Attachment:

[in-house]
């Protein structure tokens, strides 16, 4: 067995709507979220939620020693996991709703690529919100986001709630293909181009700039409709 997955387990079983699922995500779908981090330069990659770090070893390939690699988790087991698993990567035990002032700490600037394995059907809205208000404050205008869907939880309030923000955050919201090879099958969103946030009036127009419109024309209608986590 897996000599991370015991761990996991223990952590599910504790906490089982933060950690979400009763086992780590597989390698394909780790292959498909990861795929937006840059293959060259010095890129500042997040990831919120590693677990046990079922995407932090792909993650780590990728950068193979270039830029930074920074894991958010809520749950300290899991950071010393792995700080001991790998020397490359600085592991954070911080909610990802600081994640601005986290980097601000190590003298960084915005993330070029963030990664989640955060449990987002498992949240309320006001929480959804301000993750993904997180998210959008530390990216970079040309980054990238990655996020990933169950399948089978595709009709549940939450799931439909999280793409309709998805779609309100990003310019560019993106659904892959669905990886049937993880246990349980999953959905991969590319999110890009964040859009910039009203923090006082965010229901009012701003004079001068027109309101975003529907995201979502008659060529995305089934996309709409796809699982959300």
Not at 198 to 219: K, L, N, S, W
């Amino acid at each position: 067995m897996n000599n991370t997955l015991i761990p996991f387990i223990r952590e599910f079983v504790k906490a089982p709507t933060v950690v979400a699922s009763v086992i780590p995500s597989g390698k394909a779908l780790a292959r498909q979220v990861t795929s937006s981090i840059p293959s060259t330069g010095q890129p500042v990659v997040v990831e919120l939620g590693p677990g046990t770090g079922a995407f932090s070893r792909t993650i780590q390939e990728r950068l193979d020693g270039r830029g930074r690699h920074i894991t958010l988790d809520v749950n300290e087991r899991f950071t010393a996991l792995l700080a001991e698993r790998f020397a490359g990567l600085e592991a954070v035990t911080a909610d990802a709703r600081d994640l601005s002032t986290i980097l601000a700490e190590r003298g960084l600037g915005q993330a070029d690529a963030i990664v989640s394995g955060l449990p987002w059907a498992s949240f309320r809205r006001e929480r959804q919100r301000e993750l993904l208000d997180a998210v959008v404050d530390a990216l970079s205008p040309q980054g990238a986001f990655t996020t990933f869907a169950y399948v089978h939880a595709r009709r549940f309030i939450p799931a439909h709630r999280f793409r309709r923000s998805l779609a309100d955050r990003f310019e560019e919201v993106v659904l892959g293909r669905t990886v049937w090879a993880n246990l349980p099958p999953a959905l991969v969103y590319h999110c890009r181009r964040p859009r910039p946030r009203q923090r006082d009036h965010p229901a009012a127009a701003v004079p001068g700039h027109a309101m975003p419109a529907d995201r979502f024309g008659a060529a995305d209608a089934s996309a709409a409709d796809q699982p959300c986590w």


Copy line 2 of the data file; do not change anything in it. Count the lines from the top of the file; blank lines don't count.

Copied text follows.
């Protein structure tokens, strides 16, 4: 067995709507979220939620020693996991709703690529919100986001709630293909181009700039409709 997955387990079983699922995500779908981090330069990659770090070893390939690699988790087991698993990567035990002032700490600037394995059907809205208000404050205008869907939880309030923000955050919201090879099958969103946030009036127009419109024309209608986590 897996000599991370015991761990996991223990952590599910504790906490089982933060950690979400009763086992780590597989390698394909780790292959498909990861795929937006840059293959060259010095890129500042997040990831919120590693677990046990079922995407932090792909993650780590990728950068193979270039830029930074920074894991958010809520749950300290899991950071010393792995700080001991790998020397490359600085592991954070911080909610990802600081994640601005986290980097601000190590003298960084915005993330070029963030990664989640955060449990987002498992949240309320006001929480959804301000993750993904997180998210959008530390990216970079040309980054990238990655996020990933169950399948089978595709009709549940939450799931439909999280793409309709998805779609309100990003310019560019993106659904892959669905990886049937993880246990349980999953959905991969590319999110890009964040859009910039009203923090006082965010229901009012701003004079001068027109309101975003529907995201979502008659060529995305089934996309709409796809699982959300």